Empress' daughter, Emily, is missing. A
kidnapped kid will tug on the heartstrings.
A child at the center of a search is compelling momentum for a narrative
plus Emily is constantly drawing cute pictures with crayons. Corvo's emotional distance is maintained by a
lack of knowledge about Corvo in general and instead the narrative is built
more on the atrocities occurring within the city of Dunwall. Dunwall is incredibly detailed and no matter
what small stories Corvo uncovered I always wanted to know more, except if it
involved more rats.
Overall Adam has a more engaging story but Corvo wins with
the single minded determination that arises on behalf of child in danger. Big eyed waifs are an unfair advantage in a
Or A Nice Strangler
Morality. Adam and
Corvo may swipe any items that are not nailed down but all other decisions
require a consultation with their conscience.
Video games are a great killer of goons but Adam and Corvo refuse to
simply indiscriminately kill thugs just because everyone else does. Yet, no choice is clearly good or bad.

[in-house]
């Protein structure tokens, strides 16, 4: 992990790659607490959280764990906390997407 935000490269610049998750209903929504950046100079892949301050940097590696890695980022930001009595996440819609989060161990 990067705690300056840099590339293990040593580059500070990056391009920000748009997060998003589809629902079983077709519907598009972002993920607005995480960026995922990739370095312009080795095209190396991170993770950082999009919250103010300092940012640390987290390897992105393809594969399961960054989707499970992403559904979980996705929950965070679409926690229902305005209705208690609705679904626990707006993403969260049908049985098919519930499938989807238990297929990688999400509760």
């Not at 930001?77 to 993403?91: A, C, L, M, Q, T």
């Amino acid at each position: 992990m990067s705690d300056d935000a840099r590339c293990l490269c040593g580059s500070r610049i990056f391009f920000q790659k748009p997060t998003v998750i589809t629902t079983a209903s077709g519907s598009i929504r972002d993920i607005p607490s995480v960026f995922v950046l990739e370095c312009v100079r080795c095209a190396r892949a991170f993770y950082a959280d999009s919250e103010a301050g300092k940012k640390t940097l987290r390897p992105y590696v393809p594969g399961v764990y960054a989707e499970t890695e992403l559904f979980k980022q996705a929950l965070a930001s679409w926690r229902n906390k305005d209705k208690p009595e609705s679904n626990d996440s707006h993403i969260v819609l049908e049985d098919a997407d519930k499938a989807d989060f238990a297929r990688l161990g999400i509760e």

Not easy holding a conversation with one person in sunglasses during the night time but nothing deters Faridah.
Adam is a complex man.
The black and white choices are colored in with pros and cons for every decision
that are neither good nor bad. For example,
Faridah Malik, Adam's pilot, asks for his investigative help as a side quest. Adam's responses are either "Yes" or "No" but
what he actually says is either "Okay, I'll help" or "Malik, I'm sorry, but there's
no time for this." Not "My honor
requires that all wrongs are righted" or "I will eat an energy bar in order to
break your arm and stomp your face in if you ask me another question." Or another side quest presents an option to
allow an NPC to go about his vengeance filled day or to stop him by fighting. Setting him free into the world eliminates
guards patrolling an area Adam must get into.
Fighting him provides two options, one if he is dead Adam receives the
least amount of experience points and two if he is unconscious Adam receives
additional experience points. Plus,
whether or not the NPC should resume his lethal activities is not morally
clear. The constant decision making
balances two consequence types, in game inventory with the philosophical morality
of a decision. Adam approaches each of